Mar 13th 2017
A group of history buffs out of Muskegon say there's more than $140 million worth of gold and silver sitting at the bottom of Lake Michigan somewhere. They believe the treasure came from the Confederacy during the Civil War and somehow made its way to Muskegon.
The group of men first heard about the treasure from a man on his death bed in 2010. After years of research, they believe they tracked the gold down to a group of Union officers and their friend, Charles Hackley....
It was a story where $2 million worth of gold and silver fell off a box car into Lake Michigan. That amount in 2017 is now worth more than $140 million.
"There were 60 kegs of silver and 100 boxes of gold," said Kevin Dykstra, a history buff and facilities director at Calvary Christian Schools....
The pair began their research, tracking six wagons of gold leaving Irwinville, Georgia. The gold was travelling with Confederacy President Jefferson Davis.
"Basil Duke recorded that he had loaded six wagons full of gold off from the train with Jefferson Davis that was heading down south, so we know from Duke's records that there were six wagons full of gold and silver," said Dykstra. "23 hours earlier, it's recorded that there's 14 wagons. At six o'clock in the morning, these men are captured and inventory is done and there's only eight wagons, but there's 25 to 30 mules recorded. That tells me there's six wagons hidden in the woods."
Dykstra and Richards believe a few Union officers hid the fortune, leaving it alone until they could safely transport it north. The amateur historians say the gold eventually made its way to Muskegon and into the hands of Charles Hackley. Hackley in turn spent millions of dollars on the City of Muskegon, building schools, hospitals and Hackley Park, where the story takes us to now....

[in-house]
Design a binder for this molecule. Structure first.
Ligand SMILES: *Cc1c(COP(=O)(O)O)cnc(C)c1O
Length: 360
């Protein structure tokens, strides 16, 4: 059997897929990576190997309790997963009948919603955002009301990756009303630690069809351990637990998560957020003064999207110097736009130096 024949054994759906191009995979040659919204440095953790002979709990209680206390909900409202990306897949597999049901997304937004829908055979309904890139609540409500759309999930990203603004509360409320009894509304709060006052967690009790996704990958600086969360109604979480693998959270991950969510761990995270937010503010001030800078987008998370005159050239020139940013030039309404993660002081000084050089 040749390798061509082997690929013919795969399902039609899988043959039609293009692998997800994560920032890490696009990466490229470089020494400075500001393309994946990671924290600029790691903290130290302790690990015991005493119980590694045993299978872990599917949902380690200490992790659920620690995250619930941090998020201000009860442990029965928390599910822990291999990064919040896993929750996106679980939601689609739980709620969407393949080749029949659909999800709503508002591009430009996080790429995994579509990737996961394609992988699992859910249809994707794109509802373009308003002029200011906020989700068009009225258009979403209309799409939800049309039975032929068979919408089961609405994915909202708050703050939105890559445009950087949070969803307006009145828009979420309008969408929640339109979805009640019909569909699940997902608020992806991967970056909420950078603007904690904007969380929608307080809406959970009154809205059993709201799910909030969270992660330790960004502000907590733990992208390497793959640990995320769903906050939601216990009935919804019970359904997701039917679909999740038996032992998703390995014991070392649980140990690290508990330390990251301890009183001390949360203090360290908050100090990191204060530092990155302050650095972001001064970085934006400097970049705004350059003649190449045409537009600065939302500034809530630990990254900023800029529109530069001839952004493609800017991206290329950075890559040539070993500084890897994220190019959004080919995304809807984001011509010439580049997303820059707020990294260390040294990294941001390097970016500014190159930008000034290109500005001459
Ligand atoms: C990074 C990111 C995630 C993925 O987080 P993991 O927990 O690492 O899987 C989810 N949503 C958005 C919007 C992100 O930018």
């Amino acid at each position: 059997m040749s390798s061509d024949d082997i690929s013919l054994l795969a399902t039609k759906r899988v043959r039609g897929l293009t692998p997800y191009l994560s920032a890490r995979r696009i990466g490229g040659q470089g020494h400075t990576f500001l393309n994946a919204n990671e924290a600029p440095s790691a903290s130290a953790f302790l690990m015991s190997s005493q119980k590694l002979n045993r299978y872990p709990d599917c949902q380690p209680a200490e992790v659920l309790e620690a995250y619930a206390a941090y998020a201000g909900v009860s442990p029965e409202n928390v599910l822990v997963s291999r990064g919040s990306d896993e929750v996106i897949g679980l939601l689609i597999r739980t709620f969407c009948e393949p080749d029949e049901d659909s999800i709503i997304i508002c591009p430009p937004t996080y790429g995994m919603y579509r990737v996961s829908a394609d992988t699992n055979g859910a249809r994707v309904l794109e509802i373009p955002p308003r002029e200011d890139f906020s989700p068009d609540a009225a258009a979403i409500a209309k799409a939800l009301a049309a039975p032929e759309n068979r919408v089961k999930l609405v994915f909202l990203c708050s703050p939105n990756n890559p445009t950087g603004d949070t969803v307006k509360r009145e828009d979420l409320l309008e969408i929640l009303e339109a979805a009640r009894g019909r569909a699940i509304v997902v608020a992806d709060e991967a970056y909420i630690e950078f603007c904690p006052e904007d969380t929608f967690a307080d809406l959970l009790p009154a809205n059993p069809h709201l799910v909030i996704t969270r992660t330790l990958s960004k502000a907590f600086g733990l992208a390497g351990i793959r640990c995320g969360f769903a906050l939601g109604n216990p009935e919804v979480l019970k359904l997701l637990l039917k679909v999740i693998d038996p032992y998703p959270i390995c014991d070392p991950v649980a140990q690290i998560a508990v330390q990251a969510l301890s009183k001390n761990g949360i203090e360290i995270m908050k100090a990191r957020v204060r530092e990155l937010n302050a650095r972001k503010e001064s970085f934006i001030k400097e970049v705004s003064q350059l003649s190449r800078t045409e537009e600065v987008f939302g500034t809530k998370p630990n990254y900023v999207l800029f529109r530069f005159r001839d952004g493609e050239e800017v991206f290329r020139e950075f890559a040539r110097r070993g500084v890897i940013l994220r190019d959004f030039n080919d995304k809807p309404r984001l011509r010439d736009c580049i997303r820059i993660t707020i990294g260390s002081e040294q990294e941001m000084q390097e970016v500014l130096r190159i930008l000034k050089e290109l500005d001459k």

Hi Ruffian - Yes, I guess that was me. I forgot about those posts. Just like a lot of people I primarily lurk and watch the markets. Lately things have even been a bit slow even in treasure hunting!
UK Authorities Seek Owner of Gold Trove Stashed Inside Piano
LONDON (AP) — British officials are trying to trace the owner of a trove of gold coins worth a “life-changing” amount of money found stashed inside a piano.
A coroner investigating the find on Thursday urged anyone with information to come forward.
When the piano’s owners took it to be tuned last year in Shropshire, central England, it was found to contain a hoard of gold sovereigns minted between the mid-19th and early 20th centuries.
Investigators have determined that the piano was built in London in 1906 and sold to a pair of piano teachers in Saffron Walden, eastern England. They are seeking information on its ownership before 1983.
Anyone wanting to make a claim has until April 20, when coroner John Ellery will conclude his inquest.
If the gold’s owner or heirs cannot be traced, it will be declared treasure, and the piano’s current owners will reap the reward.
Officials have not disclosed how much the coins are worth. Peter Reavill, who assesses finds for the British Museum’s Portable Antiquities Scheme, said “it’s a hoard of objects which is potentially life-changing for somebody to receive.”
Well we discovered some real fiat. The wife decided to clean out some old drawers that have been tucked away for many years. She noticed some cash sticking out of an old book. A hidden treasure of $400 and you know, I got less than half of the find.
I received a call from my widowed sister last week. She was notified by her bank that her safety deposit box fee was in arrears. Her husband died about 4 years ago and she couldn't remember having a safe deposit box. She found the key and went to the bank to empty the box and close the account. Well, she found that the box contained a BUNCH of 1 oz Krugerrands.
Now she tells me she wants to sell the coins. I've always been a buyer, not a seller. So I was wondering if someone on this forum could point me in the right direction to help my sister sell these coins. She lives in the greater Los Angeles area.
The strange thing about this whole scenario is for 4 years she never paid the bank for the safe deposit box. She was in arrears for only the one year. I think she was lucky that the whole thing hadn't already been confiscated.
Any help would be appreciated.
Treasure Hunt to Recover £4.5Billion Worth of British Gold Trapped in Merchant Ships Torpedoed by Nazis
18 MARCH 2017
Billions of pounds worth of British gold is hidden in the wrecks of merchant ships sunk during the First and Second World Wars, a team of experts believe.